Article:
State-run broadcaster Turkish Radio and Television Corporation (TRT) officially launched its first English-language channel TRT World late Tuesday. [...] Speaking at the gala, President Recep Tayyip Erdoğan wished success to the channel and said: "I believe TRT World will be Turkey's window to the world".
A look at how various public diplomacy actors address and resolve crises.
The government needs to be more open, creative and clear in its communications with the wider world, instead of the conservative, secretive and dull methods that are currently the norm. [...] It’s needs a 21st century restatement of mission and objectives, and expansion of coverage to reach more audiences. It also needs a complete technical and content re-gig.
"The showing of the continued commitment to Indigenous cultures' broadcasting efforts across the planet ... so this has built out, what, just eight years ago, and what we have is this connection point to each other to not only share content but also share perspectives and technologies that allow us to hopefully move forward at the rate that technology and the media landscape is moving as well."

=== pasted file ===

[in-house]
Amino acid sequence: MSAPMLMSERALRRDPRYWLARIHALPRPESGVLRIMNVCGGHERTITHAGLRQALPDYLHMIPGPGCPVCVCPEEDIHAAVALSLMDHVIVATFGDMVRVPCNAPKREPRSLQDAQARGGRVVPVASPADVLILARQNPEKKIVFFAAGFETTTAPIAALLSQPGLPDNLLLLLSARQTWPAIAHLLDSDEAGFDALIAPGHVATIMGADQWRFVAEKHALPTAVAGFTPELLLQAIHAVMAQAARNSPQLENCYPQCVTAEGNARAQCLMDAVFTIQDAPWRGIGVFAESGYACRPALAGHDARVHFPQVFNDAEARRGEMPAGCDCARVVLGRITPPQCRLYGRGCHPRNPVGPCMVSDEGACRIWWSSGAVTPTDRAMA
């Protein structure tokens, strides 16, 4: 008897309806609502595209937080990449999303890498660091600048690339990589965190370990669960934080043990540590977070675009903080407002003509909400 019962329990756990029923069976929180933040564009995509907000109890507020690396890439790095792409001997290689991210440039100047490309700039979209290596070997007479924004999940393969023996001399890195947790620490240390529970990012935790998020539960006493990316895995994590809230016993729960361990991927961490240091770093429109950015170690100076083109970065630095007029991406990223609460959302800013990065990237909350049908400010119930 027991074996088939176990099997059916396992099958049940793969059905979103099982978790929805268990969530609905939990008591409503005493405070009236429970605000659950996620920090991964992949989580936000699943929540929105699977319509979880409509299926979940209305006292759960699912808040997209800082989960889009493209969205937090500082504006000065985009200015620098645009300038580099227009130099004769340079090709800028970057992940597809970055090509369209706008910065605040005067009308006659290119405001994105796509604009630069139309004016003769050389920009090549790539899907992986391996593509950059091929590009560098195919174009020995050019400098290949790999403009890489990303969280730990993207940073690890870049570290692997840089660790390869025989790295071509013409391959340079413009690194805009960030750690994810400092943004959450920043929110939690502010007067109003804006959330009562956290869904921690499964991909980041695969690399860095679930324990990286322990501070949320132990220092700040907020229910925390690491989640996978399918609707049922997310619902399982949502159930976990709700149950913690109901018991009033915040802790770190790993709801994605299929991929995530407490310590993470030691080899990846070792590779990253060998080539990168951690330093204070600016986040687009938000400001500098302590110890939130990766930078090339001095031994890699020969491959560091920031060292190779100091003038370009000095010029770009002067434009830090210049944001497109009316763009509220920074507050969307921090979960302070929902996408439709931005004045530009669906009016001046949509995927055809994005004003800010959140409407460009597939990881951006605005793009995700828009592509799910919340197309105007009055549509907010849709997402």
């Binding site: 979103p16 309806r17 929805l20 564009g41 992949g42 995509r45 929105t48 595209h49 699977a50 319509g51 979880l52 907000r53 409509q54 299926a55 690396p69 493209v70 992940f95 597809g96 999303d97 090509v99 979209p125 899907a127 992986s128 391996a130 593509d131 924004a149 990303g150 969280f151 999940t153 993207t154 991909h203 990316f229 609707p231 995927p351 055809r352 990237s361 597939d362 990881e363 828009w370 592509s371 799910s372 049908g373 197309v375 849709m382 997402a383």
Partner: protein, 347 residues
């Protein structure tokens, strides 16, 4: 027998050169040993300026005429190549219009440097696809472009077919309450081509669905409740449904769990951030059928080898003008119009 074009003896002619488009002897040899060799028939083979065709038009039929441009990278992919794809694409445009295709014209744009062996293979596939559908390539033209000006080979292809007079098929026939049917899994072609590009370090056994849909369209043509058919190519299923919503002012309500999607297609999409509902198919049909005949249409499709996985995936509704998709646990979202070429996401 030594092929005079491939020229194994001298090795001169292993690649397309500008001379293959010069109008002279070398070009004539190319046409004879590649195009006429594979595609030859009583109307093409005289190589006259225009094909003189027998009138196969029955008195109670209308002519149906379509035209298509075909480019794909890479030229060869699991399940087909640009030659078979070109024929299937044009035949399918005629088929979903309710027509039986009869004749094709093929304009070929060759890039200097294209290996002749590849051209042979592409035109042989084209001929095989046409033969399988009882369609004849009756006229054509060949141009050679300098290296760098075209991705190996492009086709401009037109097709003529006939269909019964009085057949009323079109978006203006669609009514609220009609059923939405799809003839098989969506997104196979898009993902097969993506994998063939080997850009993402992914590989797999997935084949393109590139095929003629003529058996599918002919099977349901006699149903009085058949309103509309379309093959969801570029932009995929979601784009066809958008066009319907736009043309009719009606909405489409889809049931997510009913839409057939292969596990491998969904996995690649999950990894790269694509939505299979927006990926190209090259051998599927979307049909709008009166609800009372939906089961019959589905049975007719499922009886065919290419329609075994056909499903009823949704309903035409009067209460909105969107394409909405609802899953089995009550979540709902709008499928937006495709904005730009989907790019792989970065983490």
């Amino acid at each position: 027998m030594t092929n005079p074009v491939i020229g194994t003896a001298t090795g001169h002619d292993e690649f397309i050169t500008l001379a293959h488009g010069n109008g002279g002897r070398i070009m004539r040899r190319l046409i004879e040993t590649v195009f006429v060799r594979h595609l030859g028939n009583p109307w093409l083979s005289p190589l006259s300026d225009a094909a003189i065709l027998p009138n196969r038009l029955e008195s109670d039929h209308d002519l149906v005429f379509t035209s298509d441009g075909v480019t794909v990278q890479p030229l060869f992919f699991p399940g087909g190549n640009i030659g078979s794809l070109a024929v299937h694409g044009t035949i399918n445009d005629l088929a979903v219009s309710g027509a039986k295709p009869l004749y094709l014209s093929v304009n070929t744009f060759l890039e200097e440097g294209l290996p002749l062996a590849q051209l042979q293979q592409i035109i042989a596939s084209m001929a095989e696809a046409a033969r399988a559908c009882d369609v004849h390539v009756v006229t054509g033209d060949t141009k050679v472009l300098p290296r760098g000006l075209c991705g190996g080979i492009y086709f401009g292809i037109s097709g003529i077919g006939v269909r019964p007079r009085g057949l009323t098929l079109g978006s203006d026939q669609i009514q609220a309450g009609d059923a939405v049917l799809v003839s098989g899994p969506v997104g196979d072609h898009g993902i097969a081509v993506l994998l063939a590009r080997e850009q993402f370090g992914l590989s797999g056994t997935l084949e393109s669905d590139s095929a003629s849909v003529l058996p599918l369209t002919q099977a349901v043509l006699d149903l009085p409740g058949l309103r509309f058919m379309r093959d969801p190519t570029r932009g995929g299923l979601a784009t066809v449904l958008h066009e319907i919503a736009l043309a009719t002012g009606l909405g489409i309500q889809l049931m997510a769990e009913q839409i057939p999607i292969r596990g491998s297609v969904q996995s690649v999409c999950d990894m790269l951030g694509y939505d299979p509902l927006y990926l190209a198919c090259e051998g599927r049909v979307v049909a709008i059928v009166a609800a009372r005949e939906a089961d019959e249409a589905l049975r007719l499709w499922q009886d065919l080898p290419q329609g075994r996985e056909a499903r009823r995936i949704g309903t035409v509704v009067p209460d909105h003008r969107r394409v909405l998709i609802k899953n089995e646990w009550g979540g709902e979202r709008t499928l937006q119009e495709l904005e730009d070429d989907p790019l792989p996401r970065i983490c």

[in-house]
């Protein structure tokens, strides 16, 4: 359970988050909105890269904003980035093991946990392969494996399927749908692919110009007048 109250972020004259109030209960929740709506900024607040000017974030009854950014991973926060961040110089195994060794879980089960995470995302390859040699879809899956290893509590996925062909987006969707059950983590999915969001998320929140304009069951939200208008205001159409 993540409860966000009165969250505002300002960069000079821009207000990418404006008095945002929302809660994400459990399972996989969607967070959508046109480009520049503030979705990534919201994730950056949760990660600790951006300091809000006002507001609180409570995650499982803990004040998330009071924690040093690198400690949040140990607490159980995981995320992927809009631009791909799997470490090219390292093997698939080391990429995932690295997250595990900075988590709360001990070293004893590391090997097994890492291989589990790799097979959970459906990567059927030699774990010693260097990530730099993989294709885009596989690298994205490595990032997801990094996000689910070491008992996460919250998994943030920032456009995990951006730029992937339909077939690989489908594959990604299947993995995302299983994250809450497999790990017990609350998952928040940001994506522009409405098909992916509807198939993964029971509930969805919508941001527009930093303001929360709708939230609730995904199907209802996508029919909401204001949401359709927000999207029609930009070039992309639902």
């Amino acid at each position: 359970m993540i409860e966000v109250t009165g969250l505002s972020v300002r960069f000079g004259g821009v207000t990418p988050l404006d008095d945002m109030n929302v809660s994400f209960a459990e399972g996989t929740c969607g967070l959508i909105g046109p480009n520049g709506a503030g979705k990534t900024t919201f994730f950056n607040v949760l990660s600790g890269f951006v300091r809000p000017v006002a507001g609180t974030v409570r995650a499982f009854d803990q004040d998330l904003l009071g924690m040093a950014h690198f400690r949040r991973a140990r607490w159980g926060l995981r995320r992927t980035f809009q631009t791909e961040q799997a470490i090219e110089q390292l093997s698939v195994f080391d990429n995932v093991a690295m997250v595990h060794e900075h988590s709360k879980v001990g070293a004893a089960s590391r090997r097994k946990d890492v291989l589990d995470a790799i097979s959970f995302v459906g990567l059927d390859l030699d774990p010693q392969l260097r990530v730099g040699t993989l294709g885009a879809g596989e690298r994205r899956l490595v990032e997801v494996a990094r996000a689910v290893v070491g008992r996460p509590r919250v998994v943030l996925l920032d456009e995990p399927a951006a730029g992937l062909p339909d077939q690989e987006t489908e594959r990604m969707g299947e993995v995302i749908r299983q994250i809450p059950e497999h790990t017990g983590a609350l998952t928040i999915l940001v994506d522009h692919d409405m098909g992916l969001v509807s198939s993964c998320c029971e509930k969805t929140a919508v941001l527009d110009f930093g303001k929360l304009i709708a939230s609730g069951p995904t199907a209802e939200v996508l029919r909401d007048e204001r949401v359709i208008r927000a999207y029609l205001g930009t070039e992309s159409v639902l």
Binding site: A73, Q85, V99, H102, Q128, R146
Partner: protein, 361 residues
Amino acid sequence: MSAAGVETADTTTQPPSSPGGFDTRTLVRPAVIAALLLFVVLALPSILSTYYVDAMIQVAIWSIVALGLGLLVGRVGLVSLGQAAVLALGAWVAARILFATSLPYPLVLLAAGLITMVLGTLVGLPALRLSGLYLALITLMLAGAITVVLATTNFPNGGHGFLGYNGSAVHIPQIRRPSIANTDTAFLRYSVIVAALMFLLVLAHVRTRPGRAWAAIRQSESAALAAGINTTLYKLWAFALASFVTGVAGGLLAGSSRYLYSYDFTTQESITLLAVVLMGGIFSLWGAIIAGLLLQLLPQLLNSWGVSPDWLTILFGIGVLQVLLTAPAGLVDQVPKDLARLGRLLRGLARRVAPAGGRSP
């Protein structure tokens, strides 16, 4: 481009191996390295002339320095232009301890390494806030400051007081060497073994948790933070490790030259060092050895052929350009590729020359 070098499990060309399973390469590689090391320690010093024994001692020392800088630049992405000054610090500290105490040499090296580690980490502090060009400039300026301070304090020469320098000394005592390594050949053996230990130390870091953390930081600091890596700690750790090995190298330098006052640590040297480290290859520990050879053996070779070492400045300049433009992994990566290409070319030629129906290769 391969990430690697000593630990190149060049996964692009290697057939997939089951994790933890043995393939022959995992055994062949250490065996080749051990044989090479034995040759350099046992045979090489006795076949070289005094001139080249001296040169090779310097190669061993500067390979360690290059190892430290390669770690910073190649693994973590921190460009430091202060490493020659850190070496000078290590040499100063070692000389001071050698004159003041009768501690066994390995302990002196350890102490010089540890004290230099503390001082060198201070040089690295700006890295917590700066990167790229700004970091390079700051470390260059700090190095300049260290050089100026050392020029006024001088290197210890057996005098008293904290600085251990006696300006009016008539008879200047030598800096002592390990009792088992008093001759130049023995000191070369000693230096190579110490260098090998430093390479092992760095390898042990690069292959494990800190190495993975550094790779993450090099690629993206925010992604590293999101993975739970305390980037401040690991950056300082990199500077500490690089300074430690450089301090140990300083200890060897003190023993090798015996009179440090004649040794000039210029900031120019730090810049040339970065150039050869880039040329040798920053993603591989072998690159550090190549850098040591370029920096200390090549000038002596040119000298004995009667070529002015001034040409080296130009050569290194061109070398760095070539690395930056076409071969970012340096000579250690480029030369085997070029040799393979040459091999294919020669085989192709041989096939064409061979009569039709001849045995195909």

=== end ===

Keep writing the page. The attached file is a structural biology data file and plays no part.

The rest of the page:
In the next few years, the UK’s constitution will be re-shaped. As a nation, we are yet to recognise the enormity of this. It’s exciting - and terrifying. And this includes the BBC. Why? Not only because it is the single most important media operation in the country, but because it belongs to the peoples of these islands and is part of our informal constitution.
A decade ago, NATO’s Public Diplomacy Division and its stakeholders stared blankly at the skyrocketing evolution of social media. Facebook, LinkedIn, Flickr, Twitter—just to name a few—were new phenomena which at first seemed to attract young people, but had no place in a serious international organization that dealt with high-level political topics, let alone security and defense.
The organization has come a long way in terms of digital communications strategy.